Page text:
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To Ride Or Not To Ride
(That crisis of confidence moment)

By: Cash Anthony

Whether you've been riding a motorcycle for days or for decades, a time may come when you find yourself wondering, "What on earth am I doing out here?"

Where and when this happens is important in trying to figure out what it means, if anything. If you are trying to stay on two wheels in high crosswinds with 18-wheelers passing, a fleeting wish to be elsewhere is understandable. Wanting to "get the ride over with" is probably not an abnormal attitude even for the hardcore, if the landscape you're looking at resembles a nuclear test site or if you've got a storm at your back.

Sometimes, though, this question hits, and it just seems irrational.

Remembering what learning to ride was like for me, and my sense of breathless amazement at going 50 the first time, I suspect new riders frequently wonder what on earth they are doing out there. When first learning to handle a motorcycle, whether it's on motocross trails or in the middle of city traffic, it's natural to be concerned for your own skin.

Riding a street bike is risky. Dropping a bike is embarrassing if not painful, and the pavement can be soooo hard. Until the skills required to operate these complex machines become well-practiced, a rider might be asking "What am I doing out here?" several times in a day's ride. But for a more experienced rider who knows her own limits and can better manage her risks, this could mean she's riding too far, too fast -- and a part of her knows it.

If a person is scaring herself regularly, maybe the search for adventure has become reckless thrill-seeking -- and dangerous to herself and others. One rider's loss of control creates an enormous risk for a group. This is one reason the Lone Star Ladies (LSL) regularly discuss and practice our group riding safety rules, especially with those new to us, and they are asked to ride toward the rear.

Once motorcycle touring gets into your blood, and you gain experience on your bike, your skill and confidence increase. Because you keep your bike well maintained and practice safety in the everyday details of riding, you learn to relax. Fear is forgotten in the glorious fun, in the sights and sounds and smells and people encountered on a run, in the companionship of the "family" as you travel, and in the interest you generate in the people you meet. A bout of irrational, stark terror becomes a rarity -- but it can still happen.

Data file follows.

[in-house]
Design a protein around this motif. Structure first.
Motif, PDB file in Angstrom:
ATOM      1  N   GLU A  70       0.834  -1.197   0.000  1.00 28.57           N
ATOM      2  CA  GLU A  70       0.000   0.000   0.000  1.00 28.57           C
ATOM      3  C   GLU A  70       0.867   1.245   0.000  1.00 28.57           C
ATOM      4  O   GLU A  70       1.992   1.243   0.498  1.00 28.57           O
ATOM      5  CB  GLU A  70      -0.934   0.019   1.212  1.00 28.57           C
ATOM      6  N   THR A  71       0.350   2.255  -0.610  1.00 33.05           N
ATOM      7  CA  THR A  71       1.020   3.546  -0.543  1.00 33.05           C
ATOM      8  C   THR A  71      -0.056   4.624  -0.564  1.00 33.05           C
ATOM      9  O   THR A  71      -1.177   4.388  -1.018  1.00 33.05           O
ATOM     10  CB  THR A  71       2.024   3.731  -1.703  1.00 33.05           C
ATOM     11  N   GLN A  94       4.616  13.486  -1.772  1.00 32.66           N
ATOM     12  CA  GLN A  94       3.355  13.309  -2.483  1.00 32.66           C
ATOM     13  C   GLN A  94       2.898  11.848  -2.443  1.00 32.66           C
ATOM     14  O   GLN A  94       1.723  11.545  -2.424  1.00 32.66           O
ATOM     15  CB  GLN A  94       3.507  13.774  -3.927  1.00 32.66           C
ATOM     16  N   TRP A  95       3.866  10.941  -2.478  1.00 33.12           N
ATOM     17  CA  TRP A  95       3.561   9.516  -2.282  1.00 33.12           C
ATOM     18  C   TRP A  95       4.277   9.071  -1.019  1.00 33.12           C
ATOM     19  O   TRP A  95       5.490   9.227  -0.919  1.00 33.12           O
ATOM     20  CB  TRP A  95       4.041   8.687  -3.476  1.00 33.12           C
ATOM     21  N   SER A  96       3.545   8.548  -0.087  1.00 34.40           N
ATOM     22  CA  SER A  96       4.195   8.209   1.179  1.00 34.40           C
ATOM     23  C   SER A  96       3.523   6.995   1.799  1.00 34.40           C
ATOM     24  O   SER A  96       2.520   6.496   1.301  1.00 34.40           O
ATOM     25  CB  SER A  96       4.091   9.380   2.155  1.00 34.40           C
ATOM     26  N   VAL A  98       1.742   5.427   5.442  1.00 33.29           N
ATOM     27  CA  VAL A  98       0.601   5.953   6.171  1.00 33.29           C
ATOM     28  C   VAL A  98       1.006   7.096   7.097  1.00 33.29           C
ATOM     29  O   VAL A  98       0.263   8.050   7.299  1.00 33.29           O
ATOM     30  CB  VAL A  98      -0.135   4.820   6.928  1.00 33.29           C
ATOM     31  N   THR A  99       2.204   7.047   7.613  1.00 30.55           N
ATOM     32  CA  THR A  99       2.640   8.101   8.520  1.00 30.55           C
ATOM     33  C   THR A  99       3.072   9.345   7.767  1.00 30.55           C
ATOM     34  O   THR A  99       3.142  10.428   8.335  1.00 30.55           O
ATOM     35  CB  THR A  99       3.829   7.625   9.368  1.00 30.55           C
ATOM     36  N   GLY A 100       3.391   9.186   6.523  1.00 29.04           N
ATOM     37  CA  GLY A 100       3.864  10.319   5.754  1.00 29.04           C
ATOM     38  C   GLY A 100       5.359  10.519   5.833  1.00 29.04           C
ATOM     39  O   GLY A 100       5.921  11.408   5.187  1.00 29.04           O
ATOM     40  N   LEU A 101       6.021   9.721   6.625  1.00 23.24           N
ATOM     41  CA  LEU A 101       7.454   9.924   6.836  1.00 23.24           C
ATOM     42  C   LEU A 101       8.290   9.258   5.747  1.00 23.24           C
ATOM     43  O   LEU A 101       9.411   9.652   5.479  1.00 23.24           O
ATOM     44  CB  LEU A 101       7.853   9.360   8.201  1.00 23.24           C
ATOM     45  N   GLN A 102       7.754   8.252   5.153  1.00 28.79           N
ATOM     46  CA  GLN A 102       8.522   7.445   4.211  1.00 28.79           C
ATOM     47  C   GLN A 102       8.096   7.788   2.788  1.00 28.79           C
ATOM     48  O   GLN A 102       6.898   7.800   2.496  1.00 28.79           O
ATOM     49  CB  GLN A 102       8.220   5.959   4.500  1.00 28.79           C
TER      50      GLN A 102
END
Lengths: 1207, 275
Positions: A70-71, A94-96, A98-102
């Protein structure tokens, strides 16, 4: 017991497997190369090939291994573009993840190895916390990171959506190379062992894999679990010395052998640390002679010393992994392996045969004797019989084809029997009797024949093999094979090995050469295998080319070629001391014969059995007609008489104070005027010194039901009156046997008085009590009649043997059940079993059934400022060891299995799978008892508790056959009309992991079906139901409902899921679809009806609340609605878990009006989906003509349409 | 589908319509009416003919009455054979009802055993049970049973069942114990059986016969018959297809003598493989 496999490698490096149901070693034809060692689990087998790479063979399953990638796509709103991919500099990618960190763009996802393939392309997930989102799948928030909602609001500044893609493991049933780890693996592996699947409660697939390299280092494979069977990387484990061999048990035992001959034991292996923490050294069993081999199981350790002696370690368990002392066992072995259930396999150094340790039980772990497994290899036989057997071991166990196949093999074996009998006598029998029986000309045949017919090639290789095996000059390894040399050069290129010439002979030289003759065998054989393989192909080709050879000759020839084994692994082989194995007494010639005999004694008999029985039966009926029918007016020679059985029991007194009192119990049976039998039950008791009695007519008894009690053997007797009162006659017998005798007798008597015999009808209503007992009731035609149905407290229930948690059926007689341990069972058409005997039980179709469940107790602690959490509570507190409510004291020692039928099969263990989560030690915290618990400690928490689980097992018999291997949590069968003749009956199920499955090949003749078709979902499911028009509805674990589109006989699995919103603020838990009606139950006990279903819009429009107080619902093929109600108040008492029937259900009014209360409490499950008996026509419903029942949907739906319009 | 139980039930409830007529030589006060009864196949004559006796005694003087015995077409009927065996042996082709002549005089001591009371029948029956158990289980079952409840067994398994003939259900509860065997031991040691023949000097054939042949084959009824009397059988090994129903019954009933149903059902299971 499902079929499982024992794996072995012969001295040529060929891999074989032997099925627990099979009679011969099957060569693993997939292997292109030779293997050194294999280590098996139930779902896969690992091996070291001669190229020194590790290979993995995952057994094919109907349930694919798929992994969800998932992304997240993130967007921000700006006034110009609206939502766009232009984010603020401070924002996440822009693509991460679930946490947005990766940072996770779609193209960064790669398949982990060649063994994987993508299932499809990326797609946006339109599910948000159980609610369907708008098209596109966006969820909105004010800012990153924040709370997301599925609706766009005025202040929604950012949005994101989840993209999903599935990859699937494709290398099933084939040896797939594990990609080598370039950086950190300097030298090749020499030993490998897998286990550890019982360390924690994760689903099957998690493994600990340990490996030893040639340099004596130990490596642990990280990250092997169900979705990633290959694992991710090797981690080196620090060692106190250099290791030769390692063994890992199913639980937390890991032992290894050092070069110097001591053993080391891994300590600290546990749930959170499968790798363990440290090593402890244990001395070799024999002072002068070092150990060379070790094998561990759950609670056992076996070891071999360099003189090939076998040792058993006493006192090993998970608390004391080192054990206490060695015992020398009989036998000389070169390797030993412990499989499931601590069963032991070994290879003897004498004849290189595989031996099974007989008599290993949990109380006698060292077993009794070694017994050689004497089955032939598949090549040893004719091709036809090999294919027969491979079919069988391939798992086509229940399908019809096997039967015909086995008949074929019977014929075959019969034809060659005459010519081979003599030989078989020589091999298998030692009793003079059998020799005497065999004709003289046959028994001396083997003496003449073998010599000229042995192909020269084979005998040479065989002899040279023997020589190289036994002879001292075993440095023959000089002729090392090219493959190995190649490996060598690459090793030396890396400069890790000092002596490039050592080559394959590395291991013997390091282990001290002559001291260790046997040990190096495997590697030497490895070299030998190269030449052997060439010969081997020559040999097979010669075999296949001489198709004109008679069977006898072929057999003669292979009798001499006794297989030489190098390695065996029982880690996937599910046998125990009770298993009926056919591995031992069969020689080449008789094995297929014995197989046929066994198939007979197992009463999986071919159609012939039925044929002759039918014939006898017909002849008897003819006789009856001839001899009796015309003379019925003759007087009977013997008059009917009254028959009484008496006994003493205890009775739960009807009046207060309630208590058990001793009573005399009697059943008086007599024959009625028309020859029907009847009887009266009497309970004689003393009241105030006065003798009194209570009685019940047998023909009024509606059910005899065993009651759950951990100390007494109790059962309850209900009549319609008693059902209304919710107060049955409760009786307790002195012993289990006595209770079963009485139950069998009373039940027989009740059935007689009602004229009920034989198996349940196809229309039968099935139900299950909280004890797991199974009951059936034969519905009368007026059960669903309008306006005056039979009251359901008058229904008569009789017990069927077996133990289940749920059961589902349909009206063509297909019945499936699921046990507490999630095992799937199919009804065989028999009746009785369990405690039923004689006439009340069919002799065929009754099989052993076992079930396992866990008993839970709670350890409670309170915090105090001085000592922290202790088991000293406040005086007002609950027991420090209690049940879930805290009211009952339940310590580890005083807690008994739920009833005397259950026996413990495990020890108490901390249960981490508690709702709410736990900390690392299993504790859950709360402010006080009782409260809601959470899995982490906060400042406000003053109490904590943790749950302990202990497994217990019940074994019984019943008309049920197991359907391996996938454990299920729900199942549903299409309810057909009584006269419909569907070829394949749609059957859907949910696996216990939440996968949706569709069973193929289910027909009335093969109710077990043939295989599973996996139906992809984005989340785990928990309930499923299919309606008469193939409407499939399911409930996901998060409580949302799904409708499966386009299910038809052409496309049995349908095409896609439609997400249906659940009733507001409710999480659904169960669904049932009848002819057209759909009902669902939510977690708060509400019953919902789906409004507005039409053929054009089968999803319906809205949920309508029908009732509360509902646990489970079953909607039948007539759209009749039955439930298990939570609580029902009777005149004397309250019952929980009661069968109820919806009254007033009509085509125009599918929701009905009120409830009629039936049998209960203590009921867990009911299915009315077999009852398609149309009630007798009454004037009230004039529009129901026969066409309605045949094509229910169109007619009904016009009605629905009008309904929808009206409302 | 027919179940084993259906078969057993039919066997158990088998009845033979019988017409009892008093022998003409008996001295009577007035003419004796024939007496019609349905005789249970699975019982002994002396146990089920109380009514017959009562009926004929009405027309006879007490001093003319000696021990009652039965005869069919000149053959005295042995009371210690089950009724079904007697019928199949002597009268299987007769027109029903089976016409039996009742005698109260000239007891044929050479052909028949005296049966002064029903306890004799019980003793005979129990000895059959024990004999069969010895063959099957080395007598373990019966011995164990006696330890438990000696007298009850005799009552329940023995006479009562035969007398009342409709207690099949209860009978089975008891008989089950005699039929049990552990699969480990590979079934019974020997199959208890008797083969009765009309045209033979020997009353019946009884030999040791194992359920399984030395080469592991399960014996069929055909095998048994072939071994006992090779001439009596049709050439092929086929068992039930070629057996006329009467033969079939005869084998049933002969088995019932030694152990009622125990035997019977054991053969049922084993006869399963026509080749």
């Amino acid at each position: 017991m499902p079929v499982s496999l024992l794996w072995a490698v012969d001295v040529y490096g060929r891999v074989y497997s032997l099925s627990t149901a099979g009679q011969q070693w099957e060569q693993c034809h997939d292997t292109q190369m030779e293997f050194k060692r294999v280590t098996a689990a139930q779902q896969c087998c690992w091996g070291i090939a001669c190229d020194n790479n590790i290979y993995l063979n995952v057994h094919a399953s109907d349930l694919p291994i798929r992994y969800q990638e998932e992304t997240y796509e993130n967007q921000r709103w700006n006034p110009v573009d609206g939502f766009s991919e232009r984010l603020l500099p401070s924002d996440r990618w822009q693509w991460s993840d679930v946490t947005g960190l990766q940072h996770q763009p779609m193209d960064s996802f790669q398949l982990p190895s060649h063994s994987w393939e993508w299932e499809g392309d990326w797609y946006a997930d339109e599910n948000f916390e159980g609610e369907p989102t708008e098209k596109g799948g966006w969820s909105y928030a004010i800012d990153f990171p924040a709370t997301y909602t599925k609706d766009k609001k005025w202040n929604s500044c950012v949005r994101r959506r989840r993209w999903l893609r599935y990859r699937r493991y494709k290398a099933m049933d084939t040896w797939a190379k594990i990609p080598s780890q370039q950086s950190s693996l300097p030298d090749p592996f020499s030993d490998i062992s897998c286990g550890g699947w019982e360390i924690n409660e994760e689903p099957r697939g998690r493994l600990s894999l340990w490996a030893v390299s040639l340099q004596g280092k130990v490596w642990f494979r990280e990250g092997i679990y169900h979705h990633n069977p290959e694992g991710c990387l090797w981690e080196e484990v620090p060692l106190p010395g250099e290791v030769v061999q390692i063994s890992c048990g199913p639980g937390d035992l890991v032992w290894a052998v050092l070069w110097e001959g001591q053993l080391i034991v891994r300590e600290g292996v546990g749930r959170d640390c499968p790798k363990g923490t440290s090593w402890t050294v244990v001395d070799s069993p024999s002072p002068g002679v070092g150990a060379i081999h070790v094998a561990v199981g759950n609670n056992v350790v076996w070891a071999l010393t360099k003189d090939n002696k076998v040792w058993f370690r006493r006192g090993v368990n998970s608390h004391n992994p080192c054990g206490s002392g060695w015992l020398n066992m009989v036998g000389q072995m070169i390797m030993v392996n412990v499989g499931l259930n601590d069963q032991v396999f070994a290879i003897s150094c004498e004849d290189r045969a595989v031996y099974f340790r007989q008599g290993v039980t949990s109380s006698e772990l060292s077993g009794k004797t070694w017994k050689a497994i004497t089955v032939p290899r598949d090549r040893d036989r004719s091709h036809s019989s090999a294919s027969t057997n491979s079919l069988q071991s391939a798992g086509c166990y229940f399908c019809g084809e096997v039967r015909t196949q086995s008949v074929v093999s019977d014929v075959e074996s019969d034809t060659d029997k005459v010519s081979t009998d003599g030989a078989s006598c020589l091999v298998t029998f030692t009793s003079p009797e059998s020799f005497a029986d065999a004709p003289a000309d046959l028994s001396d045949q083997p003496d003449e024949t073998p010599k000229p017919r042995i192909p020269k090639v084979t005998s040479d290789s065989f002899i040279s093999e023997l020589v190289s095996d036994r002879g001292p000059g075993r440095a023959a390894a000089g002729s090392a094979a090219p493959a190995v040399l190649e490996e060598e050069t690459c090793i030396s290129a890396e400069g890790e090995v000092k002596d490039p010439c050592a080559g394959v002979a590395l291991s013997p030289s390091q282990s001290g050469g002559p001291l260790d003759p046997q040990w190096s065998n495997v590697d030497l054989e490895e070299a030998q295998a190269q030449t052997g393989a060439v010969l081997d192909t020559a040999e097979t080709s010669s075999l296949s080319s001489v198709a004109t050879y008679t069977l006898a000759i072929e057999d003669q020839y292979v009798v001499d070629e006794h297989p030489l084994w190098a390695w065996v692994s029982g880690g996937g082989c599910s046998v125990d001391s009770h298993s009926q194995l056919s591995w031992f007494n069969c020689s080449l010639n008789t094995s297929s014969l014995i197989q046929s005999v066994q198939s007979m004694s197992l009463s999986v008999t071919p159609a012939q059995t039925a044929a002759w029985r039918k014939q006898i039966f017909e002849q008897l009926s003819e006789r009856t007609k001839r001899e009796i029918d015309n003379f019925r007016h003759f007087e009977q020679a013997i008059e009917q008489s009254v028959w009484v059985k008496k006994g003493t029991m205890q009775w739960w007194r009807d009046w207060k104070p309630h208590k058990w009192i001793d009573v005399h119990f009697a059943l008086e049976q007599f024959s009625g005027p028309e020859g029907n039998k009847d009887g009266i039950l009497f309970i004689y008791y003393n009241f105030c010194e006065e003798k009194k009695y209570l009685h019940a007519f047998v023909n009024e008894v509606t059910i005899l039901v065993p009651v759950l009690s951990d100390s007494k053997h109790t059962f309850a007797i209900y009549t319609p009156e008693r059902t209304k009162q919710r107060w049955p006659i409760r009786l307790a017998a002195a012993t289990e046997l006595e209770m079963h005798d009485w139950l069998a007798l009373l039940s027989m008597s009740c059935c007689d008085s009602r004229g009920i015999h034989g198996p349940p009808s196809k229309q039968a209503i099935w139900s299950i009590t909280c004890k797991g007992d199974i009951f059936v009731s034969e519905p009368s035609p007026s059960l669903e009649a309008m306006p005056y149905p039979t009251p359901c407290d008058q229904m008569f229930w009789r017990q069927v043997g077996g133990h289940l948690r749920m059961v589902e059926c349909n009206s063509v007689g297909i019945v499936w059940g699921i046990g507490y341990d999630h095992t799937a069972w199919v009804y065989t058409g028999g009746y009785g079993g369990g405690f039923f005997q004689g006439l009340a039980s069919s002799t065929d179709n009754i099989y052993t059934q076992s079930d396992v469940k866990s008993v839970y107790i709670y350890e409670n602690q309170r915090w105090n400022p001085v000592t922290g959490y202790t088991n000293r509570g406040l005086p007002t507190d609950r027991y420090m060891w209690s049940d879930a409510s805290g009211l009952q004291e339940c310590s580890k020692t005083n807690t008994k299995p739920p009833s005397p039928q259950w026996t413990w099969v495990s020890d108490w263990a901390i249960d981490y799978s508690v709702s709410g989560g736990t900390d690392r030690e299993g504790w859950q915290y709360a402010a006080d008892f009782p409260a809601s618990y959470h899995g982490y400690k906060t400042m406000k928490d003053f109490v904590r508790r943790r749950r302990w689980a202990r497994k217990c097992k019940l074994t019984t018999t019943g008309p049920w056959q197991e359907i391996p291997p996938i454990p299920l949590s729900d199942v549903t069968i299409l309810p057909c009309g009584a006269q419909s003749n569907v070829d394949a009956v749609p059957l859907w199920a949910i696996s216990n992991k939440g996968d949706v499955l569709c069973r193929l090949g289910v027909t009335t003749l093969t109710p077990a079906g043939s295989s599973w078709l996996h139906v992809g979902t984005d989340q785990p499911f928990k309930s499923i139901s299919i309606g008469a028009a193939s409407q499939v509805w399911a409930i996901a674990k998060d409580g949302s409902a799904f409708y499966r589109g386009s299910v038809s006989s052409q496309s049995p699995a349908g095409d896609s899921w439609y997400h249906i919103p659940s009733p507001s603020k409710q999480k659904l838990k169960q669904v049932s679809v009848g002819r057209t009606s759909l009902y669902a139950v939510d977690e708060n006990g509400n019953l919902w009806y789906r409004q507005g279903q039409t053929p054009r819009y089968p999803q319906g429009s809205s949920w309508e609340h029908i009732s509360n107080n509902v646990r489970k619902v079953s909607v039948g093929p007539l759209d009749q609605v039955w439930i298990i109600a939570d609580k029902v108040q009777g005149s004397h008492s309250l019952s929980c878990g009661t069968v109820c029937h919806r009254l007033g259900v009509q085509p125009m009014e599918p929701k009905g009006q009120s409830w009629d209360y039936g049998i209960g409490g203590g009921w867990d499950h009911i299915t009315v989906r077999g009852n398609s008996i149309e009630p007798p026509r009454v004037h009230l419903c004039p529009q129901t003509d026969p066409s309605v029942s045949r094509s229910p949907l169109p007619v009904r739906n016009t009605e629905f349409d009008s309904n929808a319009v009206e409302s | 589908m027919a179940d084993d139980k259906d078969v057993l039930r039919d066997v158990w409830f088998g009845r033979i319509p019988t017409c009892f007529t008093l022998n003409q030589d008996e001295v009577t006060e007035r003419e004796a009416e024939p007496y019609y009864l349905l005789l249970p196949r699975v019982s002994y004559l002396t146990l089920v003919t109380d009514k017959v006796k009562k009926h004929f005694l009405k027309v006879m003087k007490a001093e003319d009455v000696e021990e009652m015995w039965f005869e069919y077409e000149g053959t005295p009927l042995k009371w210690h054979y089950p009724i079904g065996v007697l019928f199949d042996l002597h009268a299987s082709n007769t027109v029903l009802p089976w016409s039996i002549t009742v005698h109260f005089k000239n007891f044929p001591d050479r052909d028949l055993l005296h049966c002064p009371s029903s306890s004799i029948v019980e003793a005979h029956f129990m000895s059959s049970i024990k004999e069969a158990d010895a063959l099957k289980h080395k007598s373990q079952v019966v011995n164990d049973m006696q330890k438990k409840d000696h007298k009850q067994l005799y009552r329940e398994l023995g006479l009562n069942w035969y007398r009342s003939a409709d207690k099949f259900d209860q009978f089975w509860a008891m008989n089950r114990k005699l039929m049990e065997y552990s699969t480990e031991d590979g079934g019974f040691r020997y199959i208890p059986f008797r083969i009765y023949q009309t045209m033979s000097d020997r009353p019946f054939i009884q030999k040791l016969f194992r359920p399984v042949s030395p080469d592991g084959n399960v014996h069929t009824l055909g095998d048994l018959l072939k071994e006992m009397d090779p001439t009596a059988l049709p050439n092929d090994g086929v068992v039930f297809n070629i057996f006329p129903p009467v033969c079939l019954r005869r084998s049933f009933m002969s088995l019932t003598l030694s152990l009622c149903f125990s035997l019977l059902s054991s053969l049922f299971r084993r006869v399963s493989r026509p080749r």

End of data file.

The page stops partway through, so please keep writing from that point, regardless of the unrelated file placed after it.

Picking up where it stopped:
Several years ago, as I started the first leg of a major trip, I had a panic reaction that stayed with me for several hours and was very hard to shake. (I needed sleep.) But I've heard about it happening to riders with far more years and miles on them than I have, and I've even seen several examples of it when, for no particular reason, a turn or a U-turn just looked "too hard" to make on a Gold Wing, despite the rider's demonstrated abilities.

What should you do when you can't shake a negative feeling? Are you losing your nerve? Are your riding days over?

Without attempting some kind of "biko-psycho-analysis," I suggest that a crisis of confidence or intense fear while riding first calls for that rider's attention. The rider should signal for a stop if necessary to allow her to pay attention to what is going on without endangering herself or others. It should not be ignored.

Even in a moment of terror that comes out of nowhere, sudden movement on a motorcycle is not recommended. A street rider expects to maintain control at all times. Unless you decide to put your bike down and give up control for some definite reason, chances are you will be fine if you just keep on doing all the right things.

I've experienced a number of moments of discomfort when riding that seemed unrelated to road, traffic, or rain. It may have been a memory, or my imagination running away. I have ridden through them, but I couldn't ignore how uncomfortable I was. I continued to question whether I needed to make a "head-check" stop, whether my riding skills were being affected, whether I could "breathe through it," and what was really nagging at me. I stopped "casually" before many more miles, but I didn't want to let my paranoia take over and make sure I crashed.